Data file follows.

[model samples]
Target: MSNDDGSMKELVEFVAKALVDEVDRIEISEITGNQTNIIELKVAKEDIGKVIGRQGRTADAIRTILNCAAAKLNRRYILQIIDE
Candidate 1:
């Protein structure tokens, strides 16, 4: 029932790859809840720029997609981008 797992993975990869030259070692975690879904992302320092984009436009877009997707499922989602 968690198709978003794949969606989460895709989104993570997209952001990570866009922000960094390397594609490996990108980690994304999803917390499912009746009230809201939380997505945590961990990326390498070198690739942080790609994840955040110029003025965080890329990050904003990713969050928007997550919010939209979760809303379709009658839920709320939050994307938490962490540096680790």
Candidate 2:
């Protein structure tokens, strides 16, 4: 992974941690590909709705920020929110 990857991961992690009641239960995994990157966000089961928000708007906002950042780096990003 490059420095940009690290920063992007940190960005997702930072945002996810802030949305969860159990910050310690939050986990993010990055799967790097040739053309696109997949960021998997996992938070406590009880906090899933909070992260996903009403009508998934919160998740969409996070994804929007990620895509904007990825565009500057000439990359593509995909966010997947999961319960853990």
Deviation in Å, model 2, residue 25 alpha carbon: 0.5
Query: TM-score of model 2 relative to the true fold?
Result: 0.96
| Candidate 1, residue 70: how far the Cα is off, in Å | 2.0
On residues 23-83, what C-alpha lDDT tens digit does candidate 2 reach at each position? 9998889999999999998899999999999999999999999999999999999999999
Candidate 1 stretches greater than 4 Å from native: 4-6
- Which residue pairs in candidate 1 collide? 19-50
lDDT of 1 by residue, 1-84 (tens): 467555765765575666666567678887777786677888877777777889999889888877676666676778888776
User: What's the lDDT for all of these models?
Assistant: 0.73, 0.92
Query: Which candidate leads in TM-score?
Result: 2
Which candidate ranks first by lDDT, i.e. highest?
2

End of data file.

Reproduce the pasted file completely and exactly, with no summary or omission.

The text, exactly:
[model samples]
Target: MSNDDGSMKELVEFVAKALVDEVDRIEISEITGNQTNIIELKVAKEDIGKVIGRQGRTADAIRTILNCAAAKLNRRYILQIIDE
Candidate 1:
């Protein structure tokens, strides 16, 4: 029932790859809840720029997609981008 797992993975990869030259070692975690879904992302320092984009436009877009997707499922989602 968690198709978003794949969606989460895709989104993570997209952001990570866009922000960094390397594609490996990108980690994304999803917390499912009746009230809201939380997505945590961990990326390498070198690739942080790609994840955040110029003025965080890329990050904003990713969050928007997550919010939209979760809303379709009658839920709320939050994307938490962490540096680790």
Candidate 2:
């Protein structure tokens, strides 16, 4: 992974941690590909709705920020929110 990857991961992690009641239960995994990157966000089961928000708007906002950042780096990003 490059420095940009690290920063992007940190960005997702930072945002996810802030949305969860159990910050310690939050986990993010990055799967790097040739053309696109997949960021998997996992938070406590009880906090899933909070992260996903009403009508998934919160998740969409996070994804929007990620895509904007990825565009500057000439990359593509995909966010997947999961319960853990």
Deviation in Å, model 2, residue 25 alpha carbon: 0.5
Query: TM-score of model 2 relative to the true fold?
Result: 0.96
| Candidate 1, residue 70: how far the Cα is off, in Å | 2.0
On residues 23-83, what C-alpha lDDT tens digit does candidate 2 reach at each position? 9998889999999999998899999999999999999999999999999999999999999
Candidate 1 stretches greater than 4 Å from native: 4-6
- Which residue pairs in candidate 1 collide? 19-50
lDDT of 1 by residue, 1-84 (tens): 467555765765575666666567678887777786677888877777777889999889888877676666676778888776
User: What's the lDDT for all of these models?
Assistant: 0.73, 0.92
Query: Which candidate leads in TM-score?
Result: 2
Which candidate ranks first by lDDT, i.e. highest?
2